Communism and Arab sodeletedm almost put paid during the Cold War to monarchy in the Middle East. King Farouk, the gross but witty last king of Egypt, once quipped that soon there would be only five kings left in the world: the King of England and the kings of diamonds, hearts, spades, and clubs. In 1952, revolutionary Egyptian officers, Gamal Abdul Nasser among them, dispatched him on his yacht into exile. Six years later, revolutionary Iraqi officers mercilessly murdered their young king, Faisal II, along with many members of his Hashemite family. With a combination of luck and courage, his first cousin King Hussein of Jordan survived about a dozen conspiracies to kill him in the course of his long reign. The late King Hassan of Morocco was almost King Hussein's equal in surviving assassination attempts. In 1975 King Faisal of Saudi Arabia was shot dead by one of his nephews, and if Osama bin Laden now has his way the entire Saudi royal family is doomed. Another Muslim absolute monarch, Shah Muhammad Reza Pahlavi, was driven off the throne of Iran in 1979 by Islamic fundamentalists.

Whatever ideological credentials they may have boasted, successful revolutionaries in practice kept themselves in power by means of force and the secret police. But even men of that type seem to find it natural to aspire to found a dynasty. In Syria today, Bashar Assad is president only because his father once seized power and eliminated his opponents. Egyptian president Hosni Mubarak, Saddam Hussein, and Libya's Muammar Qaddafi are all grooming sons as successors. Lack of legitimacy does not inhibit them.

The passing of power from one ruler to the next in this personal way is a constant source of instability. Anyone with the will and ambition for it has only to decide to seize power for himself, and so upset the state, to be dispossessed in turn by a rival. The spiral of violence is self-perpetuating. Islamic history is an unrelieved tale of usurpation by means of murder and palace coups and revolution. So it was once in the West, of course, where many a ruling family began as usurpers, and only the hereditary principle and the passage of time brought legitimacy. The evolution of the constitutional arrangements of parliaments, parties, and elections gradually introduced the transfer of power by consent, that cardinal stabilizing virtue of democracy.

The principle of hereditary monarchy doesn't attract many defenders in a world of equal opportunity and anti-elitism. But it may have a special role to play when a totalitarian or police state collapses, and the successor state has to form in a void where political legitimacy is an unknown quantity. After the death of Franco, for instance, Spain was open to a right-wing coup and possible civil war. The restoration of constitutional monarchy under King Juan Carlos instead laid the basis of a successful democracy. The return of King Simeon to Bulgaria provided a sense of national identity and continuity, whereas King Michael of Romania failed to take his chance to do the same, and his country is suffering as a result. In Afghanistan, reinstated from exile in spite of his advanced age, Zahir Shah has been a symbol of unity. Many Iranians hope that Reza Pahlavi, the former shah's son, will one day play that role in an Iran liberated from the mullahs. Even post-Soviet Russia has spasms of Romanov nostalgia.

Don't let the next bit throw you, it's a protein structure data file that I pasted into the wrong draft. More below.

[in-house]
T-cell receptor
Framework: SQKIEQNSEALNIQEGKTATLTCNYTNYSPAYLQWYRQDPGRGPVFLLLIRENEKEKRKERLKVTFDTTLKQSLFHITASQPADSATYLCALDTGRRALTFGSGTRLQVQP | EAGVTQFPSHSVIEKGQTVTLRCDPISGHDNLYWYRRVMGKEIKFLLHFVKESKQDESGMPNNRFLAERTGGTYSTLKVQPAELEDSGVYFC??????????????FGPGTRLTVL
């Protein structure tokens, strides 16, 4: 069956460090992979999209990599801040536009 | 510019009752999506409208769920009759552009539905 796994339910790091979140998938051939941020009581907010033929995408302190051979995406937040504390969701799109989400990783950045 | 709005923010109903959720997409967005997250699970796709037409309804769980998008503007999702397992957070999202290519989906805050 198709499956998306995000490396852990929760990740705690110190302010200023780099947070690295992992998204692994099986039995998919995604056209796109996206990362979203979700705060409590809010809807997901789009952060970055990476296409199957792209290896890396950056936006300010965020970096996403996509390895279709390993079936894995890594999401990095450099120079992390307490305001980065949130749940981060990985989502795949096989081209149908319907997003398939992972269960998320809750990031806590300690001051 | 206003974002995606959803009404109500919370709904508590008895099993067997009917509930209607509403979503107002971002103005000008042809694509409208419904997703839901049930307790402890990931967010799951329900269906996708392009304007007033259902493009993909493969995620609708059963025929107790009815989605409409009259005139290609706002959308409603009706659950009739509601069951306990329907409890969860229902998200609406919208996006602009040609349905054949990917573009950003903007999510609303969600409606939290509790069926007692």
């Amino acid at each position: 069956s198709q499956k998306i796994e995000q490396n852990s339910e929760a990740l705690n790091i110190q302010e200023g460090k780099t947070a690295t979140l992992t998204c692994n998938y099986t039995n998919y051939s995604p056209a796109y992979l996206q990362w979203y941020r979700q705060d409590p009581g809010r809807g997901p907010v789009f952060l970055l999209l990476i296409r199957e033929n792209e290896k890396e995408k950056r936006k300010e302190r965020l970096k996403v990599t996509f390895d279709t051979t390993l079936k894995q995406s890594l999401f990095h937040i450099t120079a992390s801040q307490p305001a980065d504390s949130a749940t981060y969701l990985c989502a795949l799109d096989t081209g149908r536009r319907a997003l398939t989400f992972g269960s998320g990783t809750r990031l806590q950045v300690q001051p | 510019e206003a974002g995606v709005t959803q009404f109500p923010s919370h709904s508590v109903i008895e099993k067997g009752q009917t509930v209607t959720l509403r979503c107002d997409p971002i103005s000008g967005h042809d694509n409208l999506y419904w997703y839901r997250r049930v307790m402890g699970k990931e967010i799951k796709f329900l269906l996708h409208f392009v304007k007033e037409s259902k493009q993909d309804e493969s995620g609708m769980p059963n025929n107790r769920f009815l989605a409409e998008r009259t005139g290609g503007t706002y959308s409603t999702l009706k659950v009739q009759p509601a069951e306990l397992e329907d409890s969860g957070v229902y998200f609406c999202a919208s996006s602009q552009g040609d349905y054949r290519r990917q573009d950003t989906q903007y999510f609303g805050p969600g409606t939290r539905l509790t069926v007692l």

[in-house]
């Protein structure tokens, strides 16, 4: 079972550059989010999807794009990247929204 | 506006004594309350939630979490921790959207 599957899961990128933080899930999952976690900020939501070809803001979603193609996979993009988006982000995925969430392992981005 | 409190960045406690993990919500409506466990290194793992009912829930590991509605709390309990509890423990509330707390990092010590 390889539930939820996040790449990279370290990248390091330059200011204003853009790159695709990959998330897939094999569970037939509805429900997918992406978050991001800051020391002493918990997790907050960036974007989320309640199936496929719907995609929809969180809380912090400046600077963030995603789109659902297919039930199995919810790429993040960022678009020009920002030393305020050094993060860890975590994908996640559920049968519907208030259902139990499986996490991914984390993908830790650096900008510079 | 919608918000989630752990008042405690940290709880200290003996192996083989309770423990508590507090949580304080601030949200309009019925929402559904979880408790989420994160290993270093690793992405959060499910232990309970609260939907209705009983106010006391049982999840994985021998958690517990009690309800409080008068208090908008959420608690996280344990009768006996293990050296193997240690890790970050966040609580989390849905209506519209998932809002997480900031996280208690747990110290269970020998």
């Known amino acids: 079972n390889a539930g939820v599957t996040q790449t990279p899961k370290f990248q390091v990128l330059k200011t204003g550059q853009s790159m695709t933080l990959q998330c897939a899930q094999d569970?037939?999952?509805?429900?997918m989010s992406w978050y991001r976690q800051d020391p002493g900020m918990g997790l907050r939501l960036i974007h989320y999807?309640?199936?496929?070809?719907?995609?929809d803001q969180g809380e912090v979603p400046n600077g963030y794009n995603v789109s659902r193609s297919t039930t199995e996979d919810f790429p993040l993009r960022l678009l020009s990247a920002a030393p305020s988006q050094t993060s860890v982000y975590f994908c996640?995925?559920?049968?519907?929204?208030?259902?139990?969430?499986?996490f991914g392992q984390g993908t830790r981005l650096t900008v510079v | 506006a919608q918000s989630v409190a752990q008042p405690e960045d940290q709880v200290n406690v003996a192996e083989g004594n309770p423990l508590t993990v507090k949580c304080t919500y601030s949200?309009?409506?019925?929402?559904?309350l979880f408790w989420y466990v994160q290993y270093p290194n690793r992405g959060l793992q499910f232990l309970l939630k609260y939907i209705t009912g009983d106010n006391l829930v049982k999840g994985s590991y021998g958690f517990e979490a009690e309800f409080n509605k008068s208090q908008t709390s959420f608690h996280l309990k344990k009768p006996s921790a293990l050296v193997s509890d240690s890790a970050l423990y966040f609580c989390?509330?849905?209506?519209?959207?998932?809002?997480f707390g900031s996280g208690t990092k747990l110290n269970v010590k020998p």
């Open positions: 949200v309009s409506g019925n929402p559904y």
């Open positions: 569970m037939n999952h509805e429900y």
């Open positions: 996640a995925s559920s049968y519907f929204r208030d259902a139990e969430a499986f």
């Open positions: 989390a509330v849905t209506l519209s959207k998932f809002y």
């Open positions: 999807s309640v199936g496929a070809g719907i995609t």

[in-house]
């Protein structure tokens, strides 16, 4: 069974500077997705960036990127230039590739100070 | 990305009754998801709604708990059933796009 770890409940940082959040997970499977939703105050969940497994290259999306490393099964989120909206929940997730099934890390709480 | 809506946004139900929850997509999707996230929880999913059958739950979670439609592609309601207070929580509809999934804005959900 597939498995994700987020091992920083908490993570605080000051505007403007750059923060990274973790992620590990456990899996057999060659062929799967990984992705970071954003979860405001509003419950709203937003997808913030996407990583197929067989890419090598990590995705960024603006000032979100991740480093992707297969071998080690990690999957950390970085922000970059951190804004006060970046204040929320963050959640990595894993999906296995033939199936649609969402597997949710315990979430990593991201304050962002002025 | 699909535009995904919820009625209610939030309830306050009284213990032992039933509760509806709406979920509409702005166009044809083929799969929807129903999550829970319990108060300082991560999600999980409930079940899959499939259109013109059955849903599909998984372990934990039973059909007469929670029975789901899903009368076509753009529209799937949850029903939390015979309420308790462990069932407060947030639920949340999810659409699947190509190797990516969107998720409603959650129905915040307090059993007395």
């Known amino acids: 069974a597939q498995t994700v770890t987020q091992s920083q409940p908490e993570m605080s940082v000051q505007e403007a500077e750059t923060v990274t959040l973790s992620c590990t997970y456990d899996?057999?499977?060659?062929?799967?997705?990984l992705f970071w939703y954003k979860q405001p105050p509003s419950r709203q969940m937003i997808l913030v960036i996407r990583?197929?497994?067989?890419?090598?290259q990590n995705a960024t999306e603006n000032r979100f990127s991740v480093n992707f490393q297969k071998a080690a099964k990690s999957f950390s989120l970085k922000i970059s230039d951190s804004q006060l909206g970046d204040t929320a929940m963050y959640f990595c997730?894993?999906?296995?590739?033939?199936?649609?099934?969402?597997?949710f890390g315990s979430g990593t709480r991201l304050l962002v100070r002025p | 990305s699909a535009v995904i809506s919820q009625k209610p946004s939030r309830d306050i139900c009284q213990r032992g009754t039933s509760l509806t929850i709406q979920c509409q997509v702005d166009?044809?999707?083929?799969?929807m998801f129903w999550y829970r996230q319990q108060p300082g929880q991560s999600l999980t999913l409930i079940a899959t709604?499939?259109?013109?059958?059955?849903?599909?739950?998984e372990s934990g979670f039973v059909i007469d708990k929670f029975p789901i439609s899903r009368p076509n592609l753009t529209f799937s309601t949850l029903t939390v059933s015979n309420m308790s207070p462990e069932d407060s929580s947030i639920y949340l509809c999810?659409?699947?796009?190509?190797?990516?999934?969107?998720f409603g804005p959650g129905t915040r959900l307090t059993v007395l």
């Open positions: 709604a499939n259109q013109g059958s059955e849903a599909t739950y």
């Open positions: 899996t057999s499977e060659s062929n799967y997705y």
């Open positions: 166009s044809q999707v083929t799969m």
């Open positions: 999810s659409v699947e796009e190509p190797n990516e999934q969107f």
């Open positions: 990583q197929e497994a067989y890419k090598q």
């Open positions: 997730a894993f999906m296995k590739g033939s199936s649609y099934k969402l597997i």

The Hashemite family has a legitimacy which derives from Islam. They claim descent from Hashem, a forebear of the prophet Muhammad. With this ancestry, as they traditionally asserted in the days of the Ottoman Empire, came the right to rule the holy cities of Mecca and Medina in the Hijaz. The sharif, or head of the family, carried the title of Guardian of the Two Shrines. Toward the end of the 19th century, Wilfrid Scawen Blunt, a British Arabist, prophesied that if a man of real ability were to appear in the Hashemite family, he would be sure to find "an almost universal following." The result, Blunt fancifully imagined, would be a "liberal Islam."

Ambitious in the extreme and no sort of "liberal," Sharif Hussein, the then Guardian of the Two Shrines, perceived the outbreak of World War I as his chance to become a future King of the Arabs, and with consummate skill embroiled the Ottoman Turks and the British in his schemes of aggrandizement. In his entry in Who's Who he comically recorded among his recreations, "The problems of the Near East," of which he was a prime specimen. In the post-1918 settlement, the British invented the kingdoms of Transjordan (later Jordan) and Iraq for his two sons Abdullah and Faisal I respectively. But the Sharif himself neglected home ground. Unexpectedly, a local rival, Abdul Aziz ibn Saud, soon drove him out of Mecca and Medina into exile and early death, usurped the title of Guardian of the Two Shrines, appointed himself king, and founded the present Saudi dynasty.